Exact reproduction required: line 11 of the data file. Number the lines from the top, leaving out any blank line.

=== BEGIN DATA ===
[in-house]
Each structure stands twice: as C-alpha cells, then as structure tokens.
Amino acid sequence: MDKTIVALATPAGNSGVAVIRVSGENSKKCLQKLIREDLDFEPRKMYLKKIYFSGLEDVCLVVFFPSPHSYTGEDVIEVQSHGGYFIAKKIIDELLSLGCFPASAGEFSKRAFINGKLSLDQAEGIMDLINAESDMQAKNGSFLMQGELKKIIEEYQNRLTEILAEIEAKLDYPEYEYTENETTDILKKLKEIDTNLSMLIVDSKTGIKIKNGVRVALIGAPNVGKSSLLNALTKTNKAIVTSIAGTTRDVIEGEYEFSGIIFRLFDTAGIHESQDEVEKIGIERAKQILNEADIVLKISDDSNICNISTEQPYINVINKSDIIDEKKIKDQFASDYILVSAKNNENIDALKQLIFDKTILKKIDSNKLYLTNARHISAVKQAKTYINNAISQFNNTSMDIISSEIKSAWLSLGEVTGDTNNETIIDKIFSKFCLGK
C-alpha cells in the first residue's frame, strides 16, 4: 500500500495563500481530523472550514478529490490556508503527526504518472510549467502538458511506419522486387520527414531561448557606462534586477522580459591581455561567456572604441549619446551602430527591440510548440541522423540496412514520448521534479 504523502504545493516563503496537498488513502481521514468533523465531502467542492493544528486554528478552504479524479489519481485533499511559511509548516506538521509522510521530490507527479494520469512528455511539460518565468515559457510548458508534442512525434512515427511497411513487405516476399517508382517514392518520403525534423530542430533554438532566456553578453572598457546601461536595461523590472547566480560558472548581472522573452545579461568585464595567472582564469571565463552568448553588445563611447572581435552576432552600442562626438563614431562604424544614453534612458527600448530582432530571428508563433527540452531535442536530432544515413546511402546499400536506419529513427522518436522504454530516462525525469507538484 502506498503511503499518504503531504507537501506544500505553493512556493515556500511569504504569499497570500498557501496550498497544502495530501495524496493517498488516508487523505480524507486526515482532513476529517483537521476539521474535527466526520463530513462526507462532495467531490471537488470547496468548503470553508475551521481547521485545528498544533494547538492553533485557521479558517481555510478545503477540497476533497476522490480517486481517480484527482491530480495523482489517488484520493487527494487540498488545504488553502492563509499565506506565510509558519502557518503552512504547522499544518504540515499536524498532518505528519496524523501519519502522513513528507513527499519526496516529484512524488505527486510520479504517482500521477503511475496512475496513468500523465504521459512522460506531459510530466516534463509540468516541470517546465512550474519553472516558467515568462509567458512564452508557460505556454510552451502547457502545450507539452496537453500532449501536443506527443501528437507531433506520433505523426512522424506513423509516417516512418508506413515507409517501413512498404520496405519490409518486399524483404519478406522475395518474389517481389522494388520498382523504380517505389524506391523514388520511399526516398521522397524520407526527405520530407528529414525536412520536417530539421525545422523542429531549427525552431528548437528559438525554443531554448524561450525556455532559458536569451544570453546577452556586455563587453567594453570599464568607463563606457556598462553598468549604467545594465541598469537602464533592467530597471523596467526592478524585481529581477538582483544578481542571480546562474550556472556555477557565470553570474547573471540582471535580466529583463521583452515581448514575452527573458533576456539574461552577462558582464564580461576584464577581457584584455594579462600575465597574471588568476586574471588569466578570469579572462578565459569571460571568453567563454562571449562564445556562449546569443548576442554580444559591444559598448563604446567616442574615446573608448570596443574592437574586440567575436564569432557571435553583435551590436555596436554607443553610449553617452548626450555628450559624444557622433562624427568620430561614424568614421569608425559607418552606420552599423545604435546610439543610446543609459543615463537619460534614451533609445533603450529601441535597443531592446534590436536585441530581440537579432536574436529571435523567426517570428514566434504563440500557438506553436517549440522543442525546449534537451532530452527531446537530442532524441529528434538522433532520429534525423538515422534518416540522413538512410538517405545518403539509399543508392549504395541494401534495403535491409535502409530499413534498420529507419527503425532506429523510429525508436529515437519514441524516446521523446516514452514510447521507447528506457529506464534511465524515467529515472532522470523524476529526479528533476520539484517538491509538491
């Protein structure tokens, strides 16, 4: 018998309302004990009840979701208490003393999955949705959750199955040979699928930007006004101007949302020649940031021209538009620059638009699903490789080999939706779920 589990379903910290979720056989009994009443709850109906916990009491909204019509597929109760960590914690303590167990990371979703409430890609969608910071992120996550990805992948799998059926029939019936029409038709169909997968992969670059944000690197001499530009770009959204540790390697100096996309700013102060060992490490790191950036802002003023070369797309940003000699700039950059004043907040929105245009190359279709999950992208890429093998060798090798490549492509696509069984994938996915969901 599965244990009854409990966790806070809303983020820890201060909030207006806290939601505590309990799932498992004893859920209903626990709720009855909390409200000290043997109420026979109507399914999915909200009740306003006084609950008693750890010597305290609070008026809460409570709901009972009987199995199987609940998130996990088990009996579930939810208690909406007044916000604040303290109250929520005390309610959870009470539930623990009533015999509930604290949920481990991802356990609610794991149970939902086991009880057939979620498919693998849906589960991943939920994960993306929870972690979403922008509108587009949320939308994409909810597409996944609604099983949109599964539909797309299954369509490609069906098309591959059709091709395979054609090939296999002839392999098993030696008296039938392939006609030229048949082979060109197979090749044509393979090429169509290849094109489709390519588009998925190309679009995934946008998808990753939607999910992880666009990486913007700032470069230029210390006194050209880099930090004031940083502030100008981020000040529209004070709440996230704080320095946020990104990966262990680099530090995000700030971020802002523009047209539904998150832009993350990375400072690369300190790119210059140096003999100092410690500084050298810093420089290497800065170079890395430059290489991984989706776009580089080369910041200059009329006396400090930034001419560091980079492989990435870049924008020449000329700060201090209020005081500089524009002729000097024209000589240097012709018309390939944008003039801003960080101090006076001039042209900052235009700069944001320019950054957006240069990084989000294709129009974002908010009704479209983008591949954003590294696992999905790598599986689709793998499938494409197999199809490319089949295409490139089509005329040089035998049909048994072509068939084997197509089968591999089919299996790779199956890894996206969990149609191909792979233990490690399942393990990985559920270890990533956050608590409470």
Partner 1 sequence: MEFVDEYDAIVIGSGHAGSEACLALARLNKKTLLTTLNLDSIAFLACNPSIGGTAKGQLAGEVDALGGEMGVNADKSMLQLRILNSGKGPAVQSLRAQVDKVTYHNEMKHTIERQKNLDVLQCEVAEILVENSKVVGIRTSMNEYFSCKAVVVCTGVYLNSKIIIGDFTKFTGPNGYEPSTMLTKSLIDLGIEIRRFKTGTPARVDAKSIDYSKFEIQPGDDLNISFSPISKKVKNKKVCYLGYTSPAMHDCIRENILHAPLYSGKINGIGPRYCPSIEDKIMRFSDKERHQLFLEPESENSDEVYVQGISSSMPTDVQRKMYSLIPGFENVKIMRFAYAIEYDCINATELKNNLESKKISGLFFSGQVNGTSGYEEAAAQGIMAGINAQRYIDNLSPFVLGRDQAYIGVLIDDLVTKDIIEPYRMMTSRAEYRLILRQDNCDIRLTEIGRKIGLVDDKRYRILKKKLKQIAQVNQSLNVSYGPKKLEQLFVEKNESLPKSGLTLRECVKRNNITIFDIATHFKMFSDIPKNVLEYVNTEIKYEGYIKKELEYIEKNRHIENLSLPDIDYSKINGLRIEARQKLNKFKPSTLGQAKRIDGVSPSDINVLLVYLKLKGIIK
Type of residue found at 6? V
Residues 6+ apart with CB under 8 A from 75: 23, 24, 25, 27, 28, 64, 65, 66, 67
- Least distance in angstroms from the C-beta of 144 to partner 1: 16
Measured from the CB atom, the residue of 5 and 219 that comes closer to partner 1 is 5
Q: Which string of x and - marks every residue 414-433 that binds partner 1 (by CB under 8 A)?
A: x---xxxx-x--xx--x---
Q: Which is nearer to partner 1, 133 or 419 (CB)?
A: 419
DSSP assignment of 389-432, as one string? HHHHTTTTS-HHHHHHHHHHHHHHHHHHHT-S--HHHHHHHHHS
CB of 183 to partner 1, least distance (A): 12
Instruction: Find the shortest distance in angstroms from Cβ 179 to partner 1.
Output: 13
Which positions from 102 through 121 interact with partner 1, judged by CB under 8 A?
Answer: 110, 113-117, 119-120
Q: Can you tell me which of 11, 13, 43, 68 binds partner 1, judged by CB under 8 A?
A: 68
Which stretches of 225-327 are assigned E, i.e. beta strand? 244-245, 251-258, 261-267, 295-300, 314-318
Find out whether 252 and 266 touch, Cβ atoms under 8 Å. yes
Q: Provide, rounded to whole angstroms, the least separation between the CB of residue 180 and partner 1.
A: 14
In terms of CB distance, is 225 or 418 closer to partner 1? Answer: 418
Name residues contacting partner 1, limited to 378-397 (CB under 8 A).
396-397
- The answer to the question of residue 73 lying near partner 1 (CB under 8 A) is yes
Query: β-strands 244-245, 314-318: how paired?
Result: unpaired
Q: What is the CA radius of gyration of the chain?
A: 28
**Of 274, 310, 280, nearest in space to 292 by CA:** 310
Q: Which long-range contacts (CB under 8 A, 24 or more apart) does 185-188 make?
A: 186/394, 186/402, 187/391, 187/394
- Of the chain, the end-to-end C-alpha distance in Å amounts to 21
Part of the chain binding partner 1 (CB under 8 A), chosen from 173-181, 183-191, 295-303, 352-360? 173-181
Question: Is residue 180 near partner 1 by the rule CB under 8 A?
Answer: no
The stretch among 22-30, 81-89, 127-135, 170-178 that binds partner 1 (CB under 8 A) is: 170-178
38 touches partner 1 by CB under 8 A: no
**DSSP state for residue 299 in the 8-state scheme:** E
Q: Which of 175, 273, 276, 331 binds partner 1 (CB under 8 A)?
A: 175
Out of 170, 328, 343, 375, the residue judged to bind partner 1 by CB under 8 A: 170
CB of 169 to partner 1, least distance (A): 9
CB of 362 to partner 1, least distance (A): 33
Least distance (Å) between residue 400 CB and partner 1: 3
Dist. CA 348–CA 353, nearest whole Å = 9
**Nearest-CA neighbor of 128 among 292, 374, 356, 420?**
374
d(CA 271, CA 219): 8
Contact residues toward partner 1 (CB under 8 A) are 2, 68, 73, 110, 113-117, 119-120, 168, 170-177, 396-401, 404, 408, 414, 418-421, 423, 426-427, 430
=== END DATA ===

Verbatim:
Q: Which string of x and - marks every residue 414-433 that binds partner 1 (by CB under 8 A)?